2. Alteryx workflows pass data around from node to node. The R tool can read data from an Alteryx input stream using d <- read.Alteryx("#1", mode = 'data.frame'). This line of code reads the contents of input stream "#1" and assigns it to the variable d. All this happens at runtime.

Since the input variables and data streams exist only at runtime inside an Alteryx workflow, any code that makes use of these will throw errors when run outside of Alteryx. The trick to solving this problem is to follow a small set of conventions that will make your R code portable across Alteryx and other R editors.

Input Streams

We use read.Alteryx to read data into R from an Alteryx input stream. We can make this code portable by making use of read.Alteryx2, and supplying it with default data.

d <- read.Alteryx2('#1', default = data.frame(x = 1:10))

The read.Alteryx2 function operates differently depending on the compute context. Inside an Alteryx workflow, it simply calls read.Alteryx under the hood. Outside an Alteryx workflow, it first looks for a file named .input#1.rds in the current workflow directory. This file should exist if the workflow was run prior to popping it open into your IDE, since read.Alteryx2 creates it everytime the workflow is run. If this file doesn’t exist, it will use the value provided by the default argument.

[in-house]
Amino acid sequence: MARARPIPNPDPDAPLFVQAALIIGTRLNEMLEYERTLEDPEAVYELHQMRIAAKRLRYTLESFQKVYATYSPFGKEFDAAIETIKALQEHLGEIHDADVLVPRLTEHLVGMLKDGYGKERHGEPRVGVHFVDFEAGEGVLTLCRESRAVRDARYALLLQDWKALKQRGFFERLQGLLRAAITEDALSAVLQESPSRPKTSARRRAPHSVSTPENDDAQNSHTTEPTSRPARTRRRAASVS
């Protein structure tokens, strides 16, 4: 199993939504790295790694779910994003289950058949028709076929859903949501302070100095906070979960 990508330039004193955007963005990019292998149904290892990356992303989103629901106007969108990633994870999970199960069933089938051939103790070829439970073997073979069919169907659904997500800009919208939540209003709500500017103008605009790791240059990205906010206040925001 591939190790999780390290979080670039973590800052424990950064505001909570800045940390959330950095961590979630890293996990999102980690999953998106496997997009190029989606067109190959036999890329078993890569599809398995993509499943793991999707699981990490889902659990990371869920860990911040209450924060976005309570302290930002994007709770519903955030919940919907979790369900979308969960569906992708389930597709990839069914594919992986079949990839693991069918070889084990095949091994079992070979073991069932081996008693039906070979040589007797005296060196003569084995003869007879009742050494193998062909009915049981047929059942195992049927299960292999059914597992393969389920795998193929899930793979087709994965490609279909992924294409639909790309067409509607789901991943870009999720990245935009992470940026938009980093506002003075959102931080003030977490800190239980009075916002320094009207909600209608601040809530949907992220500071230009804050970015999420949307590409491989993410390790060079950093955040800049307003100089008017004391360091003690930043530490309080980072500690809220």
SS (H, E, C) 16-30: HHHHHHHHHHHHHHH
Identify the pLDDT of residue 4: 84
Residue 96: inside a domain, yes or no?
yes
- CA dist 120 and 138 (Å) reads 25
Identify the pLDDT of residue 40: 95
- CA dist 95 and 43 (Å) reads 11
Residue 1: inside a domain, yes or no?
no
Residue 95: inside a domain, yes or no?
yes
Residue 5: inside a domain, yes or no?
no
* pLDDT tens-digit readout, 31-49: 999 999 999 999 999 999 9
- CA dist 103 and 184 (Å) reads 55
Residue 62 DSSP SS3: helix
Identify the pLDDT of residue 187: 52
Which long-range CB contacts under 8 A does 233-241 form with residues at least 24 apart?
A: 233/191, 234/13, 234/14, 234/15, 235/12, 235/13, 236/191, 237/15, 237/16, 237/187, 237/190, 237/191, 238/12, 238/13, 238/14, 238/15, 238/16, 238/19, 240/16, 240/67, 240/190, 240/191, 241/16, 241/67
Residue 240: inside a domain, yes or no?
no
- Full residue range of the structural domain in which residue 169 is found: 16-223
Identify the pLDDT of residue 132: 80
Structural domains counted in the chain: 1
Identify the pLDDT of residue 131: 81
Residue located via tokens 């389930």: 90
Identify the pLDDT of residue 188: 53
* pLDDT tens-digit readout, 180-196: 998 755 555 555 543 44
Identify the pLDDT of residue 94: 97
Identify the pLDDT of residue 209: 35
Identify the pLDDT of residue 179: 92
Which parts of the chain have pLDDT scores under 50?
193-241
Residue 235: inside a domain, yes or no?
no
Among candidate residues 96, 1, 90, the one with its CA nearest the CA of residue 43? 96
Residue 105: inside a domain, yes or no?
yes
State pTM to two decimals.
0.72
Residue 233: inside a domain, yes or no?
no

If you always run the workflow prior to executing the R code in an R console, you can avoid providing a default, since the first run would create an rds file that can then be read by R during subsequent runs. However, I always find it useful to specify a default, even when this is the case.

Question Inputs

This package provides helper functions that let you read different types of questions inputs, and assign them to an R object.

input <- list(
  breaks = numericInput("%Question.breaks%", default = 5),
  color = textInput("%Question.color%", default = "steelblue")
  1. numericInput
  2. textInput
  3. dropdownInput
  4. listInput
  5. checkboxInput
  6. radioInput
  7. selectInput

Question Input Example